We're not lost, Sergeant, We're in … France


Weekend Wanderings, 9 July 2011

As the weather gets hot, one can always sit in a cool air-conditioned room and revel in the vast expanse of knowledge that sits out there on the Internet, begging to be found. Here are a few tibdits I found this week that interested me.

  • Barbara Whitaker blogged about her father-in-law’s servicein the 276th Armored Field Artillery Battalion, seeing action during the Bulge, crossing the Rhine and within Germany.

    Barb's Father-in-Law's M7

  • Beanandgone is a humorous blog by a young Australian woman who loves her coffee and her travels. She was recently in Berlin and notes some of the funny things as well as some of the horrifying ones.
  • As a historian, I tend to visit a fair number of museums when I travel and it sounds like we all ought to visit the National World War II Museum. The even have an annual Family Overnight (yes, it was last night, so you missed it this year!) The capstone, however, appears to be the Victory Theatre’s “Beyond the Boundaries”.
  • Courtesy of the Anne Frank House in Amsterdam, you can also move around inside The Secret Annex and experience The Diary of Anne Frank in a completely different way – virtually in 3D, with stories and videos. Hat tip to musingmk for these two.
  • I finished reading Wukovitz’ book on Boyington today and thought a fair amount about Afroxander’s blog entry on Hemingway’s suicide. In reading Hemingway as a young man, I wanted to be him. To have grand adventures, to cheat death, to drink “manly” drinks and to truly “sieze the day”. With Boyington, his alcoholism was fueled by doubt and discomfort. With Hemingway, I wonder if it was all just from boredom. Perhaps he just kept searching for elusive happiness in bigger and bolder things until he finally despaired. I’ll be honest, if a bit brutal, but the Hemingway who zipped around France during WWII strikes me as a comical figure, trying to act the part of a war hero while others actually fought it. Kind of like John Wayne’s and Humphrey Bogart’s experience on USO Tours – the tough guys were the ones in the audience, not the ones on stage, but at least Wayne and Bogart realized that.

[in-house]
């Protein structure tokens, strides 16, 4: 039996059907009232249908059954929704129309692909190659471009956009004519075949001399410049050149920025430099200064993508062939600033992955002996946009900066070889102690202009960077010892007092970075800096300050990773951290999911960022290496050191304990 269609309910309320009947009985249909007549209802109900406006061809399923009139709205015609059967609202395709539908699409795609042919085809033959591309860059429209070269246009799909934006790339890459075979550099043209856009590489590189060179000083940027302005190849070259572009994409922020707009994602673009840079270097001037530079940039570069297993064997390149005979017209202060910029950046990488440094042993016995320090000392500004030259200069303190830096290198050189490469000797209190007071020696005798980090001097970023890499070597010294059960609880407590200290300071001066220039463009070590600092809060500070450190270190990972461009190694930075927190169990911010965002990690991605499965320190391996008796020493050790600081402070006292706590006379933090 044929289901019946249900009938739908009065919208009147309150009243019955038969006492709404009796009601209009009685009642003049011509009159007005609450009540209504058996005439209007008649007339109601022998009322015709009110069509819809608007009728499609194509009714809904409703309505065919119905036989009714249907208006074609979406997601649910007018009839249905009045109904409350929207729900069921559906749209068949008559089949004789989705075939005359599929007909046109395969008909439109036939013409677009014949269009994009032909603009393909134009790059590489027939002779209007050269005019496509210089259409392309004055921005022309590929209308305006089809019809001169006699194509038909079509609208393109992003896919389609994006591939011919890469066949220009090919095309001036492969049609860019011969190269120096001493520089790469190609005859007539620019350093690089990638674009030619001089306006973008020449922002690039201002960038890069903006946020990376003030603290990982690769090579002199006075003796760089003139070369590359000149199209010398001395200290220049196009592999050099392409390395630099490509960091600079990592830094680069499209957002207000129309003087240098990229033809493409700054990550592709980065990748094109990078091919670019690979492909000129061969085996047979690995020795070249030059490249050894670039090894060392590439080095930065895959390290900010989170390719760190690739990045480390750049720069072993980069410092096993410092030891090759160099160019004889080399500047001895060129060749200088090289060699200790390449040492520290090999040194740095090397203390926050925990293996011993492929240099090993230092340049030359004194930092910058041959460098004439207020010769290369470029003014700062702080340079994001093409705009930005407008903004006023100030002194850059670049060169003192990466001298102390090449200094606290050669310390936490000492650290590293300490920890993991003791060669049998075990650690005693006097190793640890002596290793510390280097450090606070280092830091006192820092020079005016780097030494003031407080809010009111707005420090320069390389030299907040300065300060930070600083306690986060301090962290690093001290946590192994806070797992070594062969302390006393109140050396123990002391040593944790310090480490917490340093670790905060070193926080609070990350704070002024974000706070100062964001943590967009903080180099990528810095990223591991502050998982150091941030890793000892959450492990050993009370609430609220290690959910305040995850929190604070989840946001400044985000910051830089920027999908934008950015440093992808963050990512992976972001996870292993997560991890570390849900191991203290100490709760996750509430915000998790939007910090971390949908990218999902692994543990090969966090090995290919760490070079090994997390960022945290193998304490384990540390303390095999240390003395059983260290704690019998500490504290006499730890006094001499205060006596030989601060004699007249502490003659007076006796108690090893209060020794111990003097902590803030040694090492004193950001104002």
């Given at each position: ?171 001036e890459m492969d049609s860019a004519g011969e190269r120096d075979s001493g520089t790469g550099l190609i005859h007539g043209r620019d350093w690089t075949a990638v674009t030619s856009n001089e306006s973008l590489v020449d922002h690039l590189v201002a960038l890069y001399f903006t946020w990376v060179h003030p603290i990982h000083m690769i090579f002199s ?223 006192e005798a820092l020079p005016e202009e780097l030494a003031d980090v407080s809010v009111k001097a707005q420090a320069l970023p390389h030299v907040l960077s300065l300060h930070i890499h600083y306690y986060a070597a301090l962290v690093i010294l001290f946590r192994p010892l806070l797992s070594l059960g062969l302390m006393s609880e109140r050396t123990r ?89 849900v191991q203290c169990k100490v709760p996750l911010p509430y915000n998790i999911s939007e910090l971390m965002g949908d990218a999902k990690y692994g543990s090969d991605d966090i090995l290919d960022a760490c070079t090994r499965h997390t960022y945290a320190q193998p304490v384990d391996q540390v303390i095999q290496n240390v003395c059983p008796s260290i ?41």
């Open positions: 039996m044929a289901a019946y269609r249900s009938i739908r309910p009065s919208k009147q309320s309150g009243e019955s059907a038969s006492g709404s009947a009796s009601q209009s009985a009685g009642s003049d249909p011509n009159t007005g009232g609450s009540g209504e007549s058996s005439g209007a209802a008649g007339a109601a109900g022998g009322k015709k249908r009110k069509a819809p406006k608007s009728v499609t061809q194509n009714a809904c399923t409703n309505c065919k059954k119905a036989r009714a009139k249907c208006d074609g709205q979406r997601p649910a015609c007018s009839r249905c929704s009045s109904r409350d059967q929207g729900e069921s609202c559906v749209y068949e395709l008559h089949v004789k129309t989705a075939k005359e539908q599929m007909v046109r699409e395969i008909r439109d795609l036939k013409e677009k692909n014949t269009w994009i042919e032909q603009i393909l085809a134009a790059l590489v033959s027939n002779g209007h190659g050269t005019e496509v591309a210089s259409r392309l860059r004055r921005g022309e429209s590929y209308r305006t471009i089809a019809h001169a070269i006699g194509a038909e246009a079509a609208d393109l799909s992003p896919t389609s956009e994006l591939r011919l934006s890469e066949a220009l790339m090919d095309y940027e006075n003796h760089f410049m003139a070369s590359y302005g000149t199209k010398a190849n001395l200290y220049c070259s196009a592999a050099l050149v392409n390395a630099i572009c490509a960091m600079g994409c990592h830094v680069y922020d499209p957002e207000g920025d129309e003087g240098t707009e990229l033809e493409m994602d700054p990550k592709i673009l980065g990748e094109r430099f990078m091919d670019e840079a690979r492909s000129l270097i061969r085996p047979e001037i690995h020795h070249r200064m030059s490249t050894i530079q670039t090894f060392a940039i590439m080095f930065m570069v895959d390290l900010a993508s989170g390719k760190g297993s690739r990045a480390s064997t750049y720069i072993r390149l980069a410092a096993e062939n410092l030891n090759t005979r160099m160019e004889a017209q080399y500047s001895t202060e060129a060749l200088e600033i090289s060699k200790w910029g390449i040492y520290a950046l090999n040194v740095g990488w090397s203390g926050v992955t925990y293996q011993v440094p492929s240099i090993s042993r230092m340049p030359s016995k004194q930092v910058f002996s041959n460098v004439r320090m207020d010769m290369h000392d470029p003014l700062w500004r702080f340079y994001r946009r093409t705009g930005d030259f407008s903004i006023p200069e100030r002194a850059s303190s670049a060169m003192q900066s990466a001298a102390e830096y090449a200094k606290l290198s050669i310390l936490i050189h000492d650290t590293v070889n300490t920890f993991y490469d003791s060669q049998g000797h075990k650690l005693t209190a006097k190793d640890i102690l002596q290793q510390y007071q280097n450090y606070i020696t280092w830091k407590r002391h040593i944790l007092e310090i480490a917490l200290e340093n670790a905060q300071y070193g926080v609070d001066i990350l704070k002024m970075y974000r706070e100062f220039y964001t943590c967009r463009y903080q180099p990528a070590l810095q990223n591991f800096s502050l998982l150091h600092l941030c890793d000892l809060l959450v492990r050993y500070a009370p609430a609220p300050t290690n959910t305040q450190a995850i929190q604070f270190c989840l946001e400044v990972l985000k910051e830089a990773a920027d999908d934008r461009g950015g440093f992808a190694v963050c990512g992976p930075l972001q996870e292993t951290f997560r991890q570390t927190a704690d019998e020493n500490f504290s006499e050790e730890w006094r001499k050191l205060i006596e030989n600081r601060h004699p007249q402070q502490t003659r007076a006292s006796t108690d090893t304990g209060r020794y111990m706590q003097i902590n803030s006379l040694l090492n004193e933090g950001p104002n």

Advertisements

2 Comments so far
Leave a comment

Hey there, thanks for the link/mention!

I agree with your thoughts on Hemingway’s WWII romp to an extent. He probably came off as an older gent. trying to relive his youth which is something that can always slide into a tragi-comedy area.

I’m not familiar with Wukovitz? Who is (was) he?

Comment by afroxander

Thanks for the note. Wukovitz wrote a book about “Pappy” Boyington that I blogged about recently.

Comment by David Navarre




Leave a Reply

Fill in your details below or click an icon to log in:

WordPress.com Logo

You are commenting using your WordPress.com account. Log Out / Change )

Twitter picture

You are commenting using your Twitter account. Log Out / Change )

Facebook photo

You are commenting using your Facebook account. Log Out / Change )

Google+ photo

You are commenting using your Google+ account. Log Out / Change )

Connecting to %s



%d bloggers like this: